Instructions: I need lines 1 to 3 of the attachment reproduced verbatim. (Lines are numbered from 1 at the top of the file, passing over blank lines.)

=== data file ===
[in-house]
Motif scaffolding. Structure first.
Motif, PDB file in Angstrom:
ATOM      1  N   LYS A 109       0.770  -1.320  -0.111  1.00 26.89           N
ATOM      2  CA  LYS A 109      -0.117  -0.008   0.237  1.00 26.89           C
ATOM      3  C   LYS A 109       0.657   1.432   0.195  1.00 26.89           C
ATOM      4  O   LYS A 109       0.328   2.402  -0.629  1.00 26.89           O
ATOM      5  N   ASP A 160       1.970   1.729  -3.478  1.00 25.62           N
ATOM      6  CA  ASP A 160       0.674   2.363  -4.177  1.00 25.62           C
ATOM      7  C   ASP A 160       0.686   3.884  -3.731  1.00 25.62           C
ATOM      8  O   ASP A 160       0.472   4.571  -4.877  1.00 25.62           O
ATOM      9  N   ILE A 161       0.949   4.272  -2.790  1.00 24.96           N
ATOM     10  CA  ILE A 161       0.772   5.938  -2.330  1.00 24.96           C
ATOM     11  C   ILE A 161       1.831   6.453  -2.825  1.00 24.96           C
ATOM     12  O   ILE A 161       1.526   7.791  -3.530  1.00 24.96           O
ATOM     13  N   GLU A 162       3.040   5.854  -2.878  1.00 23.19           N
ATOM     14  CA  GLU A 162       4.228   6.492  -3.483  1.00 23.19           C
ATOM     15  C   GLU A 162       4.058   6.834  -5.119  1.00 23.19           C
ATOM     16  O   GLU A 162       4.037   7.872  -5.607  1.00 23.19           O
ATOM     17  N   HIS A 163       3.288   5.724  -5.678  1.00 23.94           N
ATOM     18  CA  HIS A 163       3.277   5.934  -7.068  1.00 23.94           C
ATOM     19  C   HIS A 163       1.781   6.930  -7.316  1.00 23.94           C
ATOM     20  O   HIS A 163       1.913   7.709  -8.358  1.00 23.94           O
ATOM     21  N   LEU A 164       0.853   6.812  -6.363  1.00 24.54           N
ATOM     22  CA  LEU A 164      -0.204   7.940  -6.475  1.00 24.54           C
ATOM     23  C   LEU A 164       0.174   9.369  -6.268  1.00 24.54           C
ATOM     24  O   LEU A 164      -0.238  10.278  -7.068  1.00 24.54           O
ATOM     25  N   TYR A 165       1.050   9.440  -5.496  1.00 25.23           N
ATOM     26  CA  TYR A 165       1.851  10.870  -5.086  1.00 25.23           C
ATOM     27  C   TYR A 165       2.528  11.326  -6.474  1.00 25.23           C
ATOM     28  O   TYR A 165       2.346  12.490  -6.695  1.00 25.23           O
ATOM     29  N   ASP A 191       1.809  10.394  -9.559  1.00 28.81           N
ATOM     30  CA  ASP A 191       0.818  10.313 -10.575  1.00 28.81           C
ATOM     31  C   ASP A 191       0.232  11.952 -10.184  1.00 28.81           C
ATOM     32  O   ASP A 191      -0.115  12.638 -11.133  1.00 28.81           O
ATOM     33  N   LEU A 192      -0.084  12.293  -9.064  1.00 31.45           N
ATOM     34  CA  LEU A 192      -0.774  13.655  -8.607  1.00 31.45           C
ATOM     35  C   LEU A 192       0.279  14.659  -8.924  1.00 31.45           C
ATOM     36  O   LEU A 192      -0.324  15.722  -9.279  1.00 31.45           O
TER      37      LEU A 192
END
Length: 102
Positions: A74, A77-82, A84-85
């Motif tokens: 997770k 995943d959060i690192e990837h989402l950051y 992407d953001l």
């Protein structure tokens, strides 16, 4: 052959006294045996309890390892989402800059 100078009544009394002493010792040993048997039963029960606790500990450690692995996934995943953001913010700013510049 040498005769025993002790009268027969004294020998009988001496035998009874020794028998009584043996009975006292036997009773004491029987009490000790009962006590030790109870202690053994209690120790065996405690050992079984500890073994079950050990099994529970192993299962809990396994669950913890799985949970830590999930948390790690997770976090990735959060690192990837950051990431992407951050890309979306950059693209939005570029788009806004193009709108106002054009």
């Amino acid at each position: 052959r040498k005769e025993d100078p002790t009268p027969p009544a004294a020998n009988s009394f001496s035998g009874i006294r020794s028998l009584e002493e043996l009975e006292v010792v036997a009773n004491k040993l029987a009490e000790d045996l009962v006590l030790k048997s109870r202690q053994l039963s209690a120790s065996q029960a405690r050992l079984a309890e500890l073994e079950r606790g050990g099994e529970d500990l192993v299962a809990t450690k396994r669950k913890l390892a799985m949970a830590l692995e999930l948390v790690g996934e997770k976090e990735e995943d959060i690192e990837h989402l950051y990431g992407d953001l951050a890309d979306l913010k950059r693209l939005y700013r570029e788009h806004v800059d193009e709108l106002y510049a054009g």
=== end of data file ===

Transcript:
[in-house]
Motif scaffolding. Structure first.
Motif, PDB file in Angstrom: